This website uses cookies to ensure you have the best experience. Learn more

Racism In The United States Essay

911 words - 4 pages

In his essay, Robert Jensen claims that Caucasian Americans feel that in order to be considered a true "American," your skin must be white in color. He uses hurricane Katrina as an example, saying that, "...one of the hurricane's most enduring legacies is the way it made visible the effect of racial and class disparities on who lived and who died... (Jensen, par. 1)." According to what was shown on television, it would appear as though the black community garnered the bulk of the destruction, but when investigated closely, such an assumption would be proven to be absurd. Of course, racism has not been entirely eradicated from the American society, and no one racial group can honestly plead complete innocence to displaying racist behavior at one time or another. Singling out an entire group of people in a racism accusation is ridiculous, to say the least. There is a considerable lack of documented support for his claim; the basis of his argument is a matter of opinion or point of view on the situation. The way people perceive each other is dependent on the individual, so accrediting a racial population in its entirety with a very broad accusation of racist behavior is certainly unfair. Sure, there are certainly racist white Americans living in the United States as of to date, just as Jensen suggests, but the mass of the white population in our country has no personal gripe with another race, illustrating that the author's claim is inaccurate.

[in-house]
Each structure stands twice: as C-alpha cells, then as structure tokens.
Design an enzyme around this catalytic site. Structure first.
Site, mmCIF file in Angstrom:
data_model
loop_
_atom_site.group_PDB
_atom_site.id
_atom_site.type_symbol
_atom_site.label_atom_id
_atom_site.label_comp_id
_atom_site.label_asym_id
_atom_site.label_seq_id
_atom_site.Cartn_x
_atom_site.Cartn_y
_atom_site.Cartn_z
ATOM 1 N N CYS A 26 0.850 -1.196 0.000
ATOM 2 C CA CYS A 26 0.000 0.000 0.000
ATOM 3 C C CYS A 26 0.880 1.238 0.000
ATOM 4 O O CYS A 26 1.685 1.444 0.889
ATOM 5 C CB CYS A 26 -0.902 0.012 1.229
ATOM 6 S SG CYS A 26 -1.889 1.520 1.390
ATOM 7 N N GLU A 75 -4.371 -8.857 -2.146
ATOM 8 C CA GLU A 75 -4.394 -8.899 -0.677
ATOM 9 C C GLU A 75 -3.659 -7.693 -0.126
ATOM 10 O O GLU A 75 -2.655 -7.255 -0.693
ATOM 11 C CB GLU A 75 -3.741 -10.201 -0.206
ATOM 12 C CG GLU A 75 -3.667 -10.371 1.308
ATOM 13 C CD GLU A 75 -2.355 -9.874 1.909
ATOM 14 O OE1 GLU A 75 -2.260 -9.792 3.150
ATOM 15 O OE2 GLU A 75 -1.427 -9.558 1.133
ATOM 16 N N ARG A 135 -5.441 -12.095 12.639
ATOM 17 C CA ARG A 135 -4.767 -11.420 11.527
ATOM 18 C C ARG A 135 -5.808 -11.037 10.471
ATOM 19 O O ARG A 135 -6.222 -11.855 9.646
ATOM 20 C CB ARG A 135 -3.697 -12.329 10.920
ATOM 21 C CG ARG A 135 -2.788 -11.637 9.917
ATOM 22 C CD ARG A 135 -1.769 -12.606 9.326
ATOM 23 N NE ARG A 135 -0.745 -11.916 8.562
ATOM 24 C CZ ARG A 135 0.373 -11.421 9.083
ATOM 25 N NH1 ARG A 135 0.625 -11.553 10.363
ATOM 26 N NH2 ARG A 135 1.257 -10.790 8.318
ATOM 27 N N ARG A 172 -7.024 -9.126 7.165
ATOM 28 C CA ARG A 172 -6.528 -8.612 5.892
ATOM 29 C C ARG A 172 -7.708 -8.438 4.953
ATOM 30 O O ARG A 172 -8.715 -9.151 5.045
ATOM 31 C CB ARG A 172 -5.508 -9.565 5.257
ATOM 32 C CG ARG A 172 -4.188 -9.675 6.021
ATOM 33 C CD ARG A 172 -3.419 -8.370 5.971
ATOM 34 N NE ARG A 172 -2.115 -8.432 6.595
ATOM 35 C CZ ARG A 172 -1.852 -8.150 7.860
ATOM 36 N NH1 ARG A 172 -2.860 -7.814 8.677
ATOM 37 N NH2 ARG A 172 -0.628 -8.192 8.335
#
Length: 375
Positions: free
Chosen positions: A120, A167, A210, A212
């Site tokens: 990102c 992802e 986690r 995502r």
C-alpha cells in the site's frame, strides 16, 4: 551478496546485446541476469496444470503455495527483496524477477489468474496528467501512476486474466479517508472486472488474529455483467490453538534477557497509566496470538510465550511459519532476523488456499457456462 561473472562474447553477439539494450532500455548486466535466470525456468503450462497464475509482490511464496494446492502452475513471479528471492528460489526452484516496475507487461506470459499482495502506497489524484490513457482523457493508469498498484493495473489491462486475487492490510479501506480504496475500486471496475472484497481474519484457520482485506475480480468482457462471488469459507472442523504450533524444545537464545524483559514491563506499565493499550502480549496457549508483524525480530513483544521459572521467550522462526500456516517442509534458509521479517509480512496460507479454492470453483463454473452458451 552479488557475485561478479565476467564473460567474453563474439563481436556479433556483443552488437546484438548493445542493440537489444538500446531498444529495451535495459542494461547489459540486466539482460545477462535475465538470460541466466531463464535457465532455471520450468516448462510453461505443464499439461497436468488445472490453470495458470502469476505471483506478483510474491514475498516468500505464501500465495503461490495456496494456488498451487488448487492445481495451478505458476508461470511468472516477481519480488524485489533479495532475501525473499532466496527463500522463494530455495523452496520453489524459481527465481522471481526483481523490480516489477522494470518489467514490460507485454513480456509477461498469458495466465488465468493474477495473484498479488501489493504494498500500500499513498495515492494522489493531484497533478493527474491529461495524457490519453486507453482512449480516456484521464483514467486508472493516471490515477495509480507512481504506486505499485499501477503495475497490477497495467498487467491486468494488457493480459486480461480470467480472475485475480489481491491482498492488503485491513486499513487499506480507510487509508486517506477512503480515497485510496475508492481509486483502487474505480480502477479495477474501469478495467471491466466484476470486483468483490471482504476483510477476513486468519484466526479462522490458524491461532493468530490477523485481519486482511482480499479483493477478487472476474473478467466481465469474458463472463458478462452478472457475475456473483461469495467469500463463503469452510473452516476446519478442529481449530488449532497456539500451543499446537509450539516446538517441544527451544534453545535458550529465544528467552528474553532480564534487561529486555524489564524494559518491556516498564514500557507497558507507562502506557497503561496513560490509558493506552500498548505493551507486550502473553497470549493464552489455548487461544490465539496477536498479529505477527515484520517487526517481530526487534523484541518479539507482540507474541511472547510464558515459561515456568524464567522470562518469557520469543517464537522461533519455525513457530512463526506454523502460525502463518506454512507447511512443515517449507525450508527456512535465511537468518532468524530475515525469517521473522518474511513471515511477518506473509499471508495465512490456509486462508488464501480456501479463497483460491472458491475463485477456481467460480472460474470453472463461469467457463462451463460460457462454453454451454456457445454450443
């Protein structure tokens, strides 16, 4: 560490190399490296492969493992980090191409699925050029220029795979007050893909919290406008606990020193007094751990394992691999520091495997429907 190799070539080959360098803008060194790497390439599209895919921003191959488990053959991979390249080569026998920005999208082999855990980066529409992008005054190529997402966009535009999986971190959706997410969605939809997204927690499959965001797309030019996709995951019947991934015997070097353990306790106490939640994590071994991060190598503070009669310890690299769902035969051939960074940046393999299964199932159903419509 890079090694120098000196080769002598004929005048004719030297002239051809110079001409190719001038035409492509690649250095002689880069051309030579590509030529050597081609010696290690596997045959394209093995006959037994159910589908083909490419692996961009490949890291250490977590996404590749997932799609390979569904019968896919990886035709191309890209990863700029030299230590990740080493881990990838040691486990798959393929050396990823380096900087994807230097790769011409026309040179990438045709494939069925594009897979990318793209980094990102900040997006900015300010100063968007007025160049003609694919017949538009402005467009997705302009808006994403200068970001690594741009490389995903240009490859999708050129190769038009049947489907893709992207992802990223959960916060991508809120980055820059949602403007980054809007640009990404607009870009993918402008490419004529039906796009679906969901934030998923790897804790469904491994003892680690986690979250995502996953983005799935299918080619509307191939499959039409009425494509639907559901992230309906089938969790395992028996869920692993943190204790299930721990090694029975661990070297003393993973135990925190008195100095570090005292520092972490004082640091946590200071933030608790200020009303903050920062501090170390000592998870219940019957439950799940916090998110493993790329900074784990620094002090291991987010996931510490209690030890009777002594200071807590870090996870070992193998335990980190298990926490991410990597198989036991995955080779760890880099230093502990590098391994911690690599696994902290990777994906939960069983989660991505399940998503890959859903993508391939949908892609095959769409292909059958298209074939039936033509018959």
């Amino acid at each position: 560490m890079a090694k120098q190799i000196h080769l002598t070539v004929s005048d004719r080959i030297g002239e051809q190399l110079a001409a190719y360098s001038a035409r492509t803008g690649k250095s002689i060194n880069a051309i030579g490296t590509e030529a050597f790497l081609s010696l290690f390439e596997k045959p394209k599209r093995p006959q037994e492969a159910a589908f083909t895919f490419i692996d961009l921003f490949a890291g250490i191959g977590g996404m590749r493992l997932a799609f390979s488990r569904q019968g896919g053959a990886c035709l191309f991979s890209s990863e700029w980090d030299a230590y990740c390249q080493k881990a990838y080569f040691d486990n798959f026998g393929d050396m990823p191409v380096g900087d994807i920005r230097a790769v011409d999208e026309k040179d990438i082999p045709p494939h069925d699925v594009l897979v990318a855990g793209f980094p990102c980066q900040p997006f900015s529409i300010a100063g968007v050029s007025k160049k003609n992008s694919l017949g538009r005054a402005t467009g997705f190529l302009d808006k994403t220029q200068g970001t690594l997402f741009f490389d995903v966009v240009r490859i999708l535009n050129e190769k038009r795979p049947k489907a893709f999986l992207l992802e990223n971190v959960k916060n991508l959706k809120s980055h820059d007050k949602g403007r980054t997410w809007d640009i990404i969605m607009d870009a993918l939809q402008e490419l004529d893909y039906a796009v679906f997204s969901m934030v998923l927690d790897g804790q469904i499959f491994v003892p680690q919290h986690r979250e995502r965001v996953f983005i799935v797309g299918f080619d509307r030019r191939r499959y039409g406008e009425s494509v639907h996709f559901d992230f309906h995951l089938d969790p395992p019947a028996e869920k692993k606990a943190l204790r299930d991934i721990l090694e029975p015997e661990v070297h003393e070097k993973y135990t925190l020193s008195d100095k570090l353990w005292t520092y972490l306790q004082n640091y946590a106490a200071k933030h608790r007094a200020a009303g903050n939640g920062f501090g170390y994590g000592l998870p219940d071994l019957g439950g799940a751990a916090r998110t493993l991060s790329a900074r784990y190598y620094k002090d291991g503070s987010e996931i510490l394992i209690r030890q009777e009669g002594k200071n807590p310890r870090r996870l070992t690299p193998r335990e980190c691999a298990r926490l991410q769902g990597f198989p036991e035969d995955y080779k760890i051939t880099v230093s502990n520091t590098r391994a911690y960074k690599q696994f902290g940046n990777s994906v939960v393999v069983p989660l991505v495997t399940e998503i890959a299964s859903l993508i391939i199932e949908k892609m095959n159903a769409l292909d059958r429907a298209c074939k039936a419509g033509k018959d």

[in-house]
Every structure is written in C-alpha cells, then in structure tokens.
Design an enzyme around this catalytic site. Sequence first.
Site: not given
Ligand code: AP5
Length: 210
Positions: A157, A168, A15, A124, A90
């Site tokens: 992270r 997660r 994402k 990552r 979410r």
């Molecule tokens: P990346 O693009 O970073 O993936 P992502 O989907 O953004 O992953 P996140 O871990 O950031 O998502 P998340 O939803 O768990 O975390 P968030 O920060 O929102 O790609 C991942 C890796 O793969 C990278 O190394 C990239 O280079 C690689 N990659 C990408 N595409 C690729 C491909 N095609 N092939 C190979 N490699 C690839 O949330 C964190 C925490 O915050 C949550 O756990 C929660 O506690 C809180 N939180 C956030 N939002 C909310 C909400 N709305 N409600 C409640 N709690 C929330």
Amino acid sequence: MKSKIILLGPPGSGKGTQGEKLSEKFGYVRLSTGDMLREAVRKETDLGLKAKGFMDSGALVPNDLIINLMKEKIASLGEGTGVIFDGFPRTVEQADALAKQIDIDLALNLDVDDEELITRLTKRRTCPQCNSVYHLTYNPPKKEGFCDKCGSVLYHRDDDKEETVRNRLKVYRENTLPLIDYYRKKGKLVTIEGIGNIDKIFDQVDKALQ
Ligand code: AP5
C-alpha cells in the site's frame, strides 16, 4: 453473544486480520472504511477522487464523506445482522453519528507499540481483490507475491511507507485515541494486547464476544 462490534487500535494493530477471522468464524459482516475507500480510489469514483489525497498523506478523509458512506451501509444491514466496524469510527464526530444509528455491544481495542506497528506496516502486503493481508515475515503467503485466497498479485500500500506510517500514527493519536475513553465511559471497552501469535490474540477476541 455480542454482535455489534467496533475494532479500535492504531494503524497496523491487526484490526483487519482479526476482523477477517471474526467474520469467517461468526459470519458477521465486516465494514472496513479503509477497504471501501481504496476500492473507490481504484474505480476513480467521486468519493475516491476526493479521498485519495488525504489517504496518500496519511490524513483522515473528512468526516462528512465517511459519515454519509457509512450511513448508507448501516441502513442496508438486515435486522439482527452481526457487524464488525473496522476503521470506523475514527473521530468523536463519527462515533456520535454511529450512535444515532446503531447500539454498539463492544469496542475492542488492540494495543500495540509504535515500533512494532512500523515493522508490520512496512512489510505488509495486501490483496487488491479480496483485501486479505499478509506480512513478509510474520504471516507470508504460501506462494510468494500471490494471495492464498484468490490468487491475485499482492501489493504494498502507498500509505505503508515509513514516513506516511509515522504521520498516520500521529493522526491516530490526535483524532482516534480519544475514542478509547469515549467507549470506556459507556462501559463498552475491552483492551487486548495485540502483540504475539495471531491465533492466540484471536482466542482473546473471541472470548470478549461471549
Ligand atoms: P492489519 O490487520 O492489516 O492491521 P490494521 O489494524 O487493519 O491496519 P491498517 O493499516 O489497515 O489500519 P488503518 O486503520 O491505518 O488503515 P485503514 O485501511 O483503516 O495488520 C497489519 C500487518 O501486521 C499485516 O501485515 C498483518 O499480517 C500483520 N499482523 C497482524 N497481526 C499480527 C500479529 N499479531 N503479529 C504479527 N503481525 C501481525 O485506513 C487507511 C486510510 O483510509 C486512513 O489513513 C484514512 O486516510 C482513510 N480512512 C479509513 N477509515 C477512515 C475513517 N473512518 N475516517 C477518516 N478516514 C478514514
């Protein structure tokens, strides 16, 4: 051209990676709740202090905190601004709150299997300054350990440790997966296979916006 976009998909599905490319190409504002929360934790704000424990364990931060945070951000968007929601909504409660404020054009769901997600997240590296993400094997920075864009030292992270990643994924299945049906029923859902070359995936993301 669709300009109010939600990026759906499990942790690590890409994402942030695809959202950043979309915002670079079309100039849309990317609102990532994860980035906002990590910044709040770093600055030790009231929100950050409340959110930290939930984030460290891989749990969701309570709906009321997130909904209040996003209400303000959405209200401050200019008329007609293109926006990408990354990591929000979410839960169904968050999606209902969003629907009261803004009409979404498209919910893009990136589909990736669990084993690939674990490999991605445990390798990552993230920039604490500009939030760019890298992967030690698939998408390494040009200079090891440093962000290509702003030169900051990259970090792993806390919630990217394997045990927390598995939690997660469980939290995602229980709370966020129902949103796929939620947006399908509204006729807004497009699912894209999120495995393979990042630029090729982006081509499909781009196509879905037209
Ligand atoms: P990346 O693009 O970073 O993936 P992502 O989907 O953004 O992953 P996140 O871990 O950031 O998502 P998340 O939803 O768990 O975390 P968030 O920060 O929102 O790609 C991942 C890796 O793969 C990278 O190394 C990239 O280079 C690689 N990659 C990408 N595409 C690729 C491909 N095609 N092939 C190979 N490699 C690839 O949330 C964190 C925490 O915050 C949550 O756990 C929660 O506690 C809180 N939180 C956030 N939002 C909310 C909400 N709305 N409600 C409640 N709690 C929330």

Jensen's first point was to cite that President Bush is racist against black people because of FEMA's poor response to the tragedy caused by hurricane Katrina, which is illogical. First of all, the President only appoints the head of FEMA; Bush's involvement in the actual recovery operations should be minimal, because his main responsibility is to run the rest of the country. Secondly, when comparing the number of casualties amongst the white and black inhabitants of New Orleans during the disaster, one may find that there were more deaths amongst Caucasians than minorities. The fact is that the region most affected by the hurricane was home to economically depressed people of all colors.
The author attempts to single out white Americans as the only group with issues in racism, but it is evident that reverse racism exists between minorities and whites. Such can be seen in hip-hop culture, which some believe was manufactured and bred for black people. I also find it to be interesting how some Hispanic groups neglect other races for not even speaking a specific dialect of Spanish. What either of these facts fails to point out is that being "American" has...

Find Another Essay On Racism in the United States

Hispanics In The United States Essay

1253 words - 6 pages Hispanic population is steadily rising in the United States. As the second largest ethnic group in the United States, Hispanic Americans account for 14.4 % of the total United States or almost 47 million nationally. While some Hispanic Americans are improving socially and economically, others are slowly declining. They also struggle with social, political, and linguistic acceptance. There are concerns over rights and regulations of Hispanic

Homelessness in the United States Essay